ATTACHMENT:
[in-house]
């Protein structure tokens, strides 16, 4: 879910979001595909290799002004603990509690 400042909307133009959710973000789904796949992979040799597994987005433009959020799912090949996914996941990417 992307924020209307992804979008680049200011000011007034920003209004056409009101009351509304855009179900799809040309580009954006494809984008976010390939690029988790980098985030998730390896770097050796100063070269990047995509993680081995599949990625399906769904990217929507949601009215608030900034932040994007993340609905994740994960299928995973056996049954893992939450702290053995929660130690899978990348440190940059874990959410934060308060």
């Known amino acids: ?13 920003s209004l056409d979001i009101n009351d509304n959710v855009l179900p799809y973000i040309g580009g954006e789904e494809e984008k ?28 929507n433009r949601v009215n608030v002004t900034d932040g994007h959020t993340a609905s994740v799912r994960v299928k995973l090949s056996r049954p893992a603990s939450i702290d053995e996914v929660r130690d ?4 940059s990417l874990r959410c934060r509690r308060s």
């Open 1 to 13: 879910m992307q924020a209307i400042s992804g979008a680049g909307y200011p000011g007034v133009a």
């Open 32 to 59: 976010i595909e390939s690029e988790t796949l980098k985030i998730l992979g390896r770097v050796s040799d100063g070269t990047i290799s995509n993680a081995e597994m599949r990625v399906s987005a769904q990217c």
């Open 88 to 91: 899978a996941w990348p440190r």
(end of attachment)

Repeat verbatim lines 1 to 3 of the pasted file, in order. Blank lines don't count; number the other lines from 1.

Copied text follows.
[in-house]
């Protein structure tokens, strides 16, 4: 879910979001595909290799002004603990509690 400042909307133009959710973000789904796949992979040799597994987005433009959020799912090949996914996941990417 992307924020209307992804979008680049200011000011007034920003209004056409009101009351509304855009179900799809040309580009954006494809984008976010390939690029988790980098985030998730390896770097050796100063070269990047995509993680081995599949990625399906769904990217929507949601009215608030900034932040994007993340609905994740994960299928995973056996049954893992939450702290053995929660130690899978990348440190940059874990959410934060308060």
């Known amino acids: ?13 920003s209004l056409d979001i009101n009351d509304n959710v855009l179900p799809y973000i040309g580009g954006e789904e494809e984008k ?28 929507n433009r949601v009215n608030v002004t900034d932040g994007h959020t993340a609905s994740v799912r994960v299928k995973l090949s056996r049954p893992a603990s939450i702290d053995e996914v929660r130690d ?4 940059s990417l874990r959410c934060r509690r308060s």